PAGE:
News from Schwing Bioset

Replacing Failing Filter Press Yields Huge Improvements

 

Schwing Bioset Application Report 22, Seneca Water

Written by Larry Trojak, Trojak Communications

Version also published in WE&T Magazine, October 2016 Issue

 

When the Seneca (S.C.) Water Treatment Plant embarked on a recent expansion project, its overall goals were fairly straightforward: eliminate the use of chlorine in purification, relocate its new chemical treatment process, and upgrade the alum sludge dewatering operation. On that last point, plant officials opted to replace an outdated and difficult to maintain batch filter press with a different technology altogether — a fully-automated screw press — to handle its dewatering needs. In doing so, they not only eliminated an ongoing maintenance headache, they also dramatically improved the efficiency of their dewatering operations as well as their overall residuals management operation.

 

Water for Sale

Built on a hill overlooking Lake Keowee, the Seneca Water Treatment Plant is a 20 million gallon per day (MGD) facility located in Seneca, South Carolina, that serves more than 39,000 residents in and around Oconee County in the far northwestern part of the state. According to Steve Fletcher, the lake is owned by Duke Power Company, which allows the City to draw raw water for municipal purposes.

“As part of the agreement with Duke Power, we take in and treat the lake water, then, once purified, wholesale it to area communities,” he said. “That 20 MGD number is our peak permitted flow — our actual volumes vary, but are generally in the seven to 10 MGD range.”

Storage facilities for the treated and purified water currently consist of three ground storage clear wells and eight elevated tanks with a total capacity of 6.5 million gallons.

Seneca Water Screw Press

 

Risk Management

Until this latest expansion, water disinfection was done using chlorination which, while effective, was seen as a serious potential hazard, said Fletcher.

“When this plant was first built in 1968, there was literally one house in the immediate area,” he said. “However, the lake’s popularity has attracted large-scale development — both residential and commercial — and today the area immediately around the water plant is dense with some very nice homes. Should one of our three one-ton cylinders of chlorine gas have ruptured, it could have seriously affected people for a mile around the plant. We didn’t want to risk that any longer and decided that generating our own sodium hypochlorite was a much safer alternative.”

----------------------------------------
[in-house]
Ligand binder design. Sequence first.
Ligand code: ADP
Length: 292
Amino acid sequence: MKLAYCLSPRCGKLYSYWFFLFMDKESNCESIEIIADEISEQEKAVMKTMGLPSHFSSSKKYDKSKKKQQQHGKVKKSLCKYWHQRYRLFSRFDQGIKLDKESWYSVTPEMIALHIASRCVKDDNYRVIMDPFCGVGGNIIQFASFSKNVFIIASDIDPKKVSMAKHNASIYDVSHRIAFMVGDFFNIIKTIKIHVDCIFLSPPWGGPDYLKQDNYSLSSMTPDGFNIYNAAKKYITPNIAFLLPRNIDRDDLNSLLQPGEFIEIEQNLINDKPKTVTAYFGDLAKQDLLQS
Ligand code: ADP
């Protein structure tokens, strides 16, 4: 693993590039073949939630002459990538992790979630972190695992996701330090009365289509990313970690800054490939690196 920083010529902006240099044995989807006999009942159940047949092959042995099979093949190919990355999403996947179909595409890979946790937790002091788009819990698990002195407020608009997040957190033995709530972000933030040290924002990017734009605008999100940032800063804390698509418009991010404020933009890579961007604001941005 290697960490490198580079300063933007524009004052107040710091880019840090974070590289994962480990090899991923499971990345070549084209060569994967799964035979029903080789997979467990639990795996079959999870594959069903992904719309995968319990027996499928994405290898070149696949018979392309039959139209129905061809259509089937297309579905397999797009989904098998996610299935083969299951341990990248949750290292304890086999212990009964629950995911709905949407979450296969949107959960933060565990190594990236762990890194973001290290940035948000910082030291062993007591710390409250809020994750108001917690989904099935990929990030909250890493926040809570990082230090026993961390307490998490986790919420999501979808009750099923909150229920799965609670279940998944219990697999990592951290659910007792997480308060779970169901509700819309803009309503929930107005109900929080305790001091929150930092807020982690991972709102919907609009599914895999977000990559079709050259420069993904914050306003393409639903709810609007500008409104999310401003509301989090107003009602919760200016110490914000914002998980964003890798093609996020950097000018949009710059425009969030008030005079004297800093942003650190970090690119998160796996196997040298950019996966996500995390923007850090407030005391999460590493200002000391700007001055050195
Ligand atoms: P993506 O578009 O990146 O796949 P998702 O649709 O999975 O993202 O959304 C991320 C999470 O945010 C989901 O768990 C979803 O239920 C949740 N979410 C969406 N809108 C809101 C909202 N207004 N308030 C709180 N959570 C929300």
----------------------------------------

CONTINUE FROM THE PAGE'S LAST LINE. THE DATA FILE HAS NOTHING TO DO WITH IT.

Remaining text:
In addition to the change in chemical process, the expansion also resulted in a brand new operations building which houses not only the offices and administrative staff for the plant, but also includes a new laboratory facility and a common area that will be made available to city residents for meetings and other functions.

“This project really grew as we went along, as did the price tag which went from $3 million to $10 million.” Said Fletcher. “But we knew that, as long as we were making changes, we might as well make all the improvements we’ve talked about wanting for a long time.  Right now this is one of the most functional — and beautiful — water treatment plants around.”

 

Residuals Shortcomings             

Treatment of alum sludge at Seneca Water, the by-product of using aluminum sulfate as a coagulant, has a storied history. When the plant was originally built in 1968 there was no treatment effort at all; sludge was simply returned to the lake. The advent of clean water regulations changed all that and Seneca Water was soon recovering and disposing of its sludge in an area landfill. To dewater the material, Fletcher said the plant officials in about 1990 opted for use of a plate and frame filter press.